Are We Drinking the Same Water our Ancestors Drank?
Water is continuously mixed and recycled, so the odds favor us sharing at least some molecules of it with Socrates, Jesus, Buddha, or anyone from past eras.
All Matter and Water on Earth is Recycled; So We all Share the Same Water
Here is the logic behind us drinking the same water that our ancestors drank:
The earth is a closed system with finite resources; one such resource is water.
That means we don’t get new water or lose water on average; instead, it mixes and recycles. The same is somewhat true for air, and most everything else on earth, although each substance has its own considerations.
Water is a chemical substance with a chemical formula of H2O, meaning that its molecule contains one oxygen and two hydrogen atoms connected by covalent bonds.
People drink an average amount of two quarts of water a day.
Each quart of water contains 3.1634653 x 10^24th power of molecules.
If a person lives for 75 years, we can calculate them needing roughly 365x75x2=54,750 quarts of water over their lifetime.
That means, the average person drinks [very roughly] 54,750 x 3.1634653 x 10^24th power of molecules in their lifetime.
There are about 326 million trillion gallons of fresh water on Earth. We have approximately 4.72 X 10^46 molecules of fresh water in total.
Thus, there is a fair chance you shared water molecule or two with the Dinosaurs, Jesus, Buddha, Confucius, Julius Caesar, Socrates, or any historical water drinker.
We all share the same water and planet. We always did and we always will. That is why climate change is so critical. Asteroids and sources of water from beyond our planet aside, the water that is here has always been here.
Anything that happened in the water, from the birth of early life forms in oceans to a Dinosaurs taking a pee in a stream, to a corporation dumping toxic waste in our rivers to save money is a story of the same water.
The same thing is true for most other substances on earth, including the combination of molecules we call air. It is possible to share an atom of air with Socrates, but less likely than it is with water. See Breathing Ancient Air.
We only have one earth and one water supply. Our resources are finite.
FUN FACT: That means if you take Communion, there is a slim (but real) chance you are eating and drinking a molecule or two shared between bread and wine and body and blood.
TIP: This article assumes that historical figures like Socrates, Jesus, Buddha, or Lao Tzu, were real people. We could say, Plato, Augustine, or Sima Qian instead. The science is clear, the historical accuracy of any individual’s existence could perhaps be debated. Forgive the clickbait. “Earth is a closed system with finite resources” just didn’t have the same ring to it.
Earth is a Closed System With Finite Resources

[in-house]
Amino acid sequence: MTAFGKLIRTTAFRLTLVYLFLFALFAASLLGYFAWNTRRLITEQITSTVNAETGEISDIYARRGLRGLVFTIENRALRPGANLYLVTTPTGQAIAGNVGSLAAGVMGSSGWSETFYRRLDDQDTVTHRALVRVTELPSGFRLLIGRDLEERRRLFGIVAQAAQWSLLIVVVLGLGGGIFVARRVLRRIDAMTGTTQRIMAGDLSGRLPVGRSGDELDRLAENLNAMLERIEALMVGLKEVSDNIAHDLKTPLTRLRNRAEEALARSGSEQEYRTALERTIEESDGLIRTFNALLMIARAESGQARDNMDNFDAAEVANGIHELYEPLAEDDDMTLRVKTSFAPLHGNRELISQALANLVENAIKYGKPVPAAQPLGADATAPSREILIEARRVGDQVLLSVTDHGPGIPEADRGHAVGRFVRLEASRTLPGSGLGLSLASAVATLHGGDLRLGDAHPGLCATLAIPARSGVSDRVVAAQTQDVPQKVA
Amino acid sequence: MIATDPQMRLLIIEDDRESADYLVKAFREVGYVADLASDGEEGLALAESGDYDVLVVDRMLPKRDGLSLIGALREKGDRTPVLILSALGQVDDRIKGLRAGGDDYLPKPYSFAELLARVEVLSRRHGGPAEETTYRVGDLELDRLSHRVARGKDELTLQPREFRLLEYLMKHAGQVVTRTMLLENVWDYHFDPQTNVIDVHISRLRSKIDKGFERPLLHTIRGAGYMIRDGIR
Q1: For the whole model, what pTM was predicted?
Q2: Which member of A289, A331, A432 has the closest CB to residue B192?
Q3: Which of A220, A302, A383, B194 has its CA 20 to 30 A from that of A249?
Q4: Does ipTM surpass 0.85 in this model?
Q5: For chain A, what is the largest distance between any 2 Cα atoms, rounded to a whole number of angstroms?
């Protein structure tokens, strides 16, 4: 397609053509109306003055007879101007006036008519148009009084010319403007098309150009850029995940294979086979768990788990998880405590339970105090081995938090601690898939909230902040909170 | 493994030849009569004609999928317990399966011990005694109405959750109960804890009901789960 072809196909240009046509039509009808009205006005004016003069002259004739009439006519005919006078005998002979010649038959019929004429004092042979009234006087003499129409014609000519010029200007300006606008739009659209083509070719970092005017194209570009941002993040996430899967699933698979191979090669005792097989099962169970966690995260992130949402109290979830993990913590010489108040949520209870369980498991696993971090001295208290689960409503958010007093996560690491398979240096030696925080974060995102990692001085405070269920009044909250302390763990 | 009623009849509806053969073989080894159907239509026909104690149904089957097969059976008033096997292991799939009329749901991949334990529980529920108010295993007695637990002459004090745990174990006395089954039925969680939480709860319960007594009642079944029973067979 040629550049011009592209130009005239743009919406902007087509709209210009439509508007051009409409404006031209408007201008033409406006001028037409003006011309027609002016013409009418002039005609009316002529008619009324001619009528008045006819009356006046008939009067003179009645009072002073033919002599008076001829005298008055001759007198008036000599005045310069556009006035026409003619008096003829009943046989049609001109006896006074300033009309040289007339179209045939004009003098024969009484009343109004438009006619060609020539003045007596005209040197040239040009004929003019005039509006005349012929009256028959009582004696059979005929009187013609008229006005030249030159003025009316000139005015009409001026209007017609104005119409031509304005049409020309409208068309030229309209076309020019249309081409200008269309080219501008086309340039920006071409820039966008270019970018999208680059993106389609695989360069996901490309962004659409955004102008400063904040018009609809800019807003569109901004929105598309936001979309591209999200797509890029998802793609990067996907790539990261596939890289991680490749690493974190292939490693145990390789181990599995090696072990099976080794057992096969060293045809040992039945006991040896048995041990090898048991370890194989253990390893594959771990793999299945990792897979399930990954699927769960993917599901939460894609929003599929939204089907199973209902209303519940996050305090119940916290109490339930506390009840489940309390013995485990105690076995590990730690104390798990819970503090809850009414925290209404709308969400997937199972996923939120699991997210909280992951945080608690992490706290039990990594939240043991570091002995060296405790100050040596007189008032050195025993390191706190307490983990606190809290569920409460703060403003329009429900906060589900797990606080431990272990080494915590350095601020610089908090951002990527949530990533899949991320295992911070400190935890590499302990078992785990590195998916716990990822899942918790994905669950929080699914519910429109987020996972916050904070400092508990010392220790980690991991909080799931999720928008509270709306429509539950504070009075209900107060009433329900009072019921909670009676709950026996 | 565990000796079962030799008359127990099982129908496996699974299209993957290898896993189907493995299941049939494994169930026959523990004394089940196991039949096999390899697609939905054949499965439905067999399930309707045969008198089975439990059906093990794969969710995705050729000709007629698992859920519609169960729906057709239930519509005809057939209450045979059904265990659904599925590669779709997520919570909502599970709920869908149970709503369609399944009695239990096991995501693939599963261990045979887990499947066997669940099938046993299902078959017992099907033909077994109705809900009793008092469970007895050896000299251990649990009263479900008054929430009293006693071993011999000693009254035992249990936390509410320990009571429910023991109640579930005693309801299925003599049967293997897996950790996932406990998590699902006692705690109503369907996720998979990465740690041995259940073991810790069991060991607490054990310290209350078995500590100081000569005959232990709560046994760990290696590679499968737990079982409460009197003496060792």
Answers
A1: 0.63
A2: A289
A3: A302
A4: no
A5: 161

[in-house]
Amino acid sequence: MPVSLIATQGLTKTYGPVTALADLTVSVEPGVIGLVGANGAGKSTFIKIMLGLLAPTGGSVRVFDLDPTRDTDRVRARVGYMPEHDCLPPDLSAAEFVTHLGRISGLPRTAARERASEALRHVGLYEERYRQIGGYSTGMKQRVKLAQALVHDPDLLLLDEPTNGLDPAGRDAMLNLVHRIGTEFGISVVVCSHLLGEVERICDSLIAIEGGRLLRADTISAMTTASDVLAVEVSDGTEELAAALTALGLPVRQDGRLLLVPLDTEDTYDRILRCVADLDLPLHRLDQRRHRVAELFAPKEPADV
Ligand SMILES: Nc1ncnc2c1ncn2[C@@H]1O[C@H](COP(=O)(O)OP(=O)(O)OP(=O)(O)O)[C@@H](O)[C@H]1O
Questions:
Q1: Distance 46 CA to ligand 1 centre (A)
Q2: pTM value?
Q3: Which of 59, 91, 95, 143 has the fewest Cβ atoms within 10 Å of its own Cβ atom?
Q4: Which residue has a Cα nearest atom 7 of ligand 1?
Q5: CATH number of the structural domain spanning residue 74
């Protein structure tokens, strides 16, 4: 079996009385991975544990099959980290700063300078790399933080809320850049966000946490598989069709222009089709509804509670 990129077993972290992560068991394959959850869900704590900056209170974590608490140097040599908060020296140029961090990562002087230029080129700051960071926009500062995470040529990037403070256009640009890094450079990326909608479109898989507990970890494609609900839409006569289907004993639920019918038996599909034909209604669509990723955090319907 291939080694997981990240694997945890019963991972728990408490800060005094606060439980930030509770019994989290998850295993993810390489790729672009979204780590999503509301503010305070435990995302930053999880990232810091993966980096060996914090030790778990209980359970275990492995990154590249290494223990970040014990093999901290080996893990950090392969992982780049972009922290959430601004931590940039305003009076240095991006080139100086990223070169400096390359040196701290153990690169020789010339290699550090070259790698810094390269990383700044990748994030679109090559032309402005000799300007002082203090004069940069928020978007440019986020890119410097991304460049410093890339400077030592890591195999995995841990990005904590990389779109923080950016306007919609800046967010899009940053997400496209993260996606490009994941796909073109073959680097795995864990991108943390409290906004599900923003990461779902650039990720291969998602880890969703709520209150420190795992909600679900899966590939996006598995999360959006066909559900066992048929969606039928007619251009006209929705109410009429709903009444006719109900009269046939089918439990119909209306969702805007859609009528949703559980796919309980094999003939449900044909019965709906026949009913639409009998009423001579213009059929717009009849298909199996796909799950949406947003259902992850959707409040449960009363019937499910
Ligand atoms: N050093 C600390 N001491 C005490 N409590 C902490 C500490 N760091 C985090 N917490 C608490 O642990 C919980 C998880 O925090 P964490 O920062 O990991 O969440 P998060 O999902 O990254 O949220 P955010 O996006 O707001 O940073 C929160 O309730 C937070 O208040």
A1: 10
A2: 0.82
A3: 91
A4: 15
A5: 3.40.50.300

The planet Earth is a closed thermodynamic system. That means it does not lose or gain much matter.
Solar radiation comes through our atmosphere. We occasionally get hit by meteors and gain matter, or launch spacecraft and satellites, but the amount of matter in our system remains relatively stable.
All matter and water on earth is recycled so, in absolute terms, the supply remains stable and is repeatedly reused.
Although the absolute amount of water remains stable, it is chemically changed. Plants convert water and carbon dioxide to oxygen and sugars. Respiration reverses the process and makes CO2 and energy. We know that plants take 12,000 billion kg of water a year and that the total amount of water on earth is 1400 billion billion kg. That means that water changes chemically over time.
We are drinking some of the same water as our ancestors, but much is different water on a molecular level. To further complicate matters, Hydrogen atoms move between water molecules, so molecules themselves change over time.
Like coal and oil, water is a finite resource. Fresh water is even more limited. 96.5% of our planet’s water is saltwater, and most of the other 3.5% of our water supply is in the form of ice in glaciers. Earth’s liquid fresh water is well under 1% of the water supply.
Of all available fresh water on Earth, underground aquifers hold about 30% while lakes and streams hold about 0.3%.
We know that the planet recycles water using the water cycle. You probably learned about it in school. Water evaporates from oceans, rivers, and lakes; condensation causes clouds; precipitation falls and refills the bodies of water.
Water is part of Earth’s hydrosphere, which includes all water on the planet except water vapor in the atmosphere. Water vapor is the most common greenhouse gas and has tremendous heat-trapping potential and a role in global warming.
The amount of fresh water on Earth remains approximately the same over time, but frequently it is neither available where people can use it nor at the time they need it.
We have droughts, floods, and other catastrophic climate events. 40% of the people on earth live in places where there is a greater demand than supply of water. The percentage of people in water scarce areas is projected to grow to nearly 50% by 2050.
We need to pay attention to our water use and to keeping our finite supply clean.
There is much we don’t know about water. We don’t know whether Earth formed as a dry planet and meteors brought water to it or whether Earth developed water along with other matter as it formed.
For all we don’t know, there is a lot we do know.
We know that the earth’s water cycle (the hydrologic cycle) continuously recycles our water; we know is that earth is a closed system; we know we have finite resources; we know we all breath the same air (roughly speaking) and drink the same water today as we always have.
Author: Linda deSolla Price
Linda deSolla Price is the daughter of Derek de Solla Price, a physicist, historian, and Yale professor who was the first to formally study the History of Science. She holds...